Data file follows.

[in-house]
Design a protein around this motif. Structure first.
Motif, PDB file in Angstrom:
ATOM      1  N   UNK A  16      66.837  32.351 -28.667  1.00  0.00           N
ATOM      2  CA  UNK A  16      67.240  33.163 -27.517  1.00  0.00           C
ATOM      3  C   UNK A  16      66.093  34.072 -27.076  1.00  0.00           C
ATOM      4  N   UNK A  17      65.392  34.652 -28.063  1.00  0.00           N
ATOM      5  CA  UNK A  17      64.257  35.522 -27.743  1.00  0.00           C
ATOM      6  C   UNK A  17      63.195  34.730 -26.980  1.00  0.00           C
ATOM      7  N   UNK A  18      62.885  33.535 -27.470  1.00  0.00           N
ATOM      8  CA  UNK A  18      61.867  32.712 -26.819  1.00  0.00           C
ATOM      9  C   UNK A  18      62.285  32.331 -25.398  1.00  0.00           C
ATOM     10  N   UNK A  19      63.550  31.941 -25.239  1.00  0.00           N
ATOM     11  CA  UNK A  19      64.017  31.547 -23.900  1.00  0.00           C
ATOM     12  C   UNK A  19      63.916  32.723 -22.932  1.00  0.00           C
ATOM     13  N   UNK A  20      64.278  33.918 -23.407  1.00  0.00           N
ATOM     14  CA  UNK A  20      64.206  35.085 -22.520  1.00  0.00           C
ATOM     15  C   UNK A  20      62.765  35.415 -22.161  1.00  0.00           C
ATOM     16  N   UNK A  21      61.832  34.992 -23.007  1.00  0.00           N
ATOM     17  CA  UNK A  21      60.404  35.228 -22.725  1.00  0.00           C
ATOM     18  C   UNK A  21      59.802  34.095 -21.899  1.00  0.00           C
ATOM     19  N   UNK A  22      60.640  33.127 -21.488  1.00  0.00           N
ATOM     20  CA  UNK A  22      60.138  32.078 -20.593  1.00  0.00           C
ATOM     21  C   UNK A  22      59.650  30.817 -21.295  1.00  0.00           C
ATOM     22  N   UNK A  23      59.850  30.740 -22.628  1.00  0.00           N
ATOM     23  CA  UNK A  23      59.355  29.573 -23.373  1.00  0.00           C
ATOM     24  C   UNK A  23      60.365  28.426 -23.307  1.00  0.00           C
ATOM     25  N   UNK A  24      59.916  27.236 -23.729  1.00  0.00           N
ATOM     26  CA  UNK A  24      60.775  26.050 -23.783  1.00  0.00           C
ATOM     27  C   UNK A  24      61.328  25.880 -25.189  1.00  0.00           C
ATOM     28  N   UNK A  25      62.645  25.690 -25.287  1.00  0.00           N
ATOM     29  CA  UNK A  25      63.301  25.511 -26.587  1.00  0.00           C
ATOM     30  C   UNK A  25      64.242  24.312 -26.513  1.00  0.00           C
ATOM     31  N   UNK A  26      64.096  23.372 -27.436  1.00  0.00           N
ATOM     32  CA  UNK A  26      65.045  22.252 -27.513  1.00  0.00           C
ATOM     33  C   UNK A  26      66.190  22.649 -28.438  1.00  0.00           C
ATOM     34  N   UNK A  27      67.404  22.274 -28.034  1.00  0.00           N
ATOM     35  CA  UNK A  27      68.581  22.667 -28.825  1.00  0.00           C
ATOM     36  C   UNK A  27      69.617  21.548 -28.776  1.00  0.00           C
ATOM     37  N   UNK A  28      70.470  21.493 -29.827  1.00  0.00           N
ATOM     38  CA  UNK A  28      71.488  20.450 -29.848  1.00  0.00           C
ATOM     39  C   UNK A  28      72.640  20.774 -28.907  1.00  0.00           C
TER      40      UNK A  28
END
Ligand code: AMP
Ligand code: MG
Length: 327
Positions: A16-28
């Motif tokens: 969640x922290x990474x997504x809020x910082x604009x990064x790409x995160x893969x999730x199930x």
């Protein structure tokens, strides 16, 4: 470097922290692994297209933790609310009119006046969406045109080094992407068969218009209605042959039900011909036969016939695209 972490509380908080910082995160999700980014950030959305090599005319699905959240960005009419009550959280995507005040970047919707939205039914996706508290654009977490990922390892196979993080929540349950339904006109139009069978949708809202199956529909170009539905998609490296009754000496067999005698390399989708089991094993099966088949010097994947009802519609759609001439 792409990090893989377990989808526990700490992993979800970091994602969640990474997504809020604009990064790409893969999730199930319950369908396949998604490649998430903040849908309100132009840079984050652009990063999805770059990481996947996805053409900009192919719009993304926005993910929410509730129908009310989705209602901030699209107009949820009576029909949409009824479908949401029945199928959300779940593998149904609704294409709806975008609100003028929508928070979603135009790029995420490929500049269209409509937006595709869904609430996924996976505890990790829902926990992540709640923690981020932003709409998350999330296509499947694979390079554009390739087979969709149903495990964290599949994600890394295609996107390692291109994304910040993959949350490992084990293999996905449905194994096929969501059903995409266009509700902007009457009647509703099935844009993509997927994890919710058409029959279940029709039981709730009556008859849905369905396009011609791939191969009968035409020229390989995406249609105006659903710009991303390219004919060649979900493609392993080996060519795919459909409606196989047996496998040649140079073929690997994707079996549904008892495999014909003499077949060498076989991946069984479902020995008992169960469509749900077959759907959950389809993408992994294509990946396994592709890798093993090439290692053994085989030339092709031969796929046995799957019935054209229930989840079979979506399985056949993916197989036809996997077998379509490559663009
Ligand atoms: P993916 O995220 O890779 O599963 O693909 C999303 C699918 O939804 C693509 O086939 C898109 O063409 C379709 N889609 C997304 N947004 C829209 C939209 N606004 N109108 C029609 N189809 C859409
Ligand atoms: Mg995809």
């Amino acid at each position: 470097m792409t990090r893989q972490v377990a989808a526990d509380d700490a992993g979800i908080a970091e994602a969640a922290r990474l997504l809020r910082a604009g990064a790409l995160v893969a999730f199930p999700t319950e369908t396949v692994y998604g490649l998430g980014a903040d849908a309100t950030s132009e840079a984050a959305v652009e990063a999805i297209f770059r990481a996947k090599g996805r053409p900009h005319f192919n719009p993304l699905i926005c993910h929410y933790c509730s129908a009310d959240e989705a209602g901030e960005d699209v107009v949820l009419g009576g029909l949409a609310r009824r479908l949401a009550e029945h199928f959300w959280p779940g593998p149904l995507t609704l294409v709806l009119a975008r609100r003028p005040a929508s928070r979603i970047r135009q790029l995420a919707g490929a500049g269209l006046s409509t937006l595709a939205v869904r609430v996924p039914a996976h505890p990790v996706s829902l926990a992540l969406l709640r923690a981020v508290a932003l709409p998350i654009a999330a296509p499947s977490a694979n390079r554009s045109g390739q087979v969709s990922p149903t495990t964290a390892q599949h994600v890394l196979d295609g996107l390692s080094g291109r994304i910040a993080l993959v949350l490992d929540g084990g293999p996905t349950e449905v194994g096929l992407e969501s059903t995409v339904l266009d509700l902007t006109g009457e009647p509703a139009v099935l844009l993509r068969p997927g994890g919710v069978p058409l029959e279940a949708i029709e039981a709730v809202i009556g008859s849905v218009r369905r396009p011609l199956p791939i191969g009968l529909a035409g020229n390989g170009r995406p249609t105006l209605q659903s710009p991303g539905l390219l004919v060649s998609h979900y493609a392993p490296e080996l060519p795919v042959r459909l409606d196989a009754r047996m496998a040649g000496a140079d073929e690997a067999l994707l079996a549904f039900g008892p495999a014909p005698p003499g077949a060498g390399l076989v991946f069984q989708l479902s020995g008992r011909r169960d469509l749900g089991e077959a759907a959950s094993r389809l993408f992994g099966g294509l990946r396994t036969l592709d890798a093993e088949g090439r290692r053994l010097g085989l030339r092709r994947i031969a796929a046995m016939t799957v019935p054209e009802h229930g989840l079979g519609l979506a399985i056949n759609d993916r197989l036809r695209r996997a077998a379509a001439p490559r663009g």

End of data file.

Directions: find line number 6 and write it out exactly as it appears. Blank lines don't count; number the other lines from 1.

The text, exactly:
ATOM      3  C   UNK A  16      66.093  34.072 -27.076  1.00  0.00           C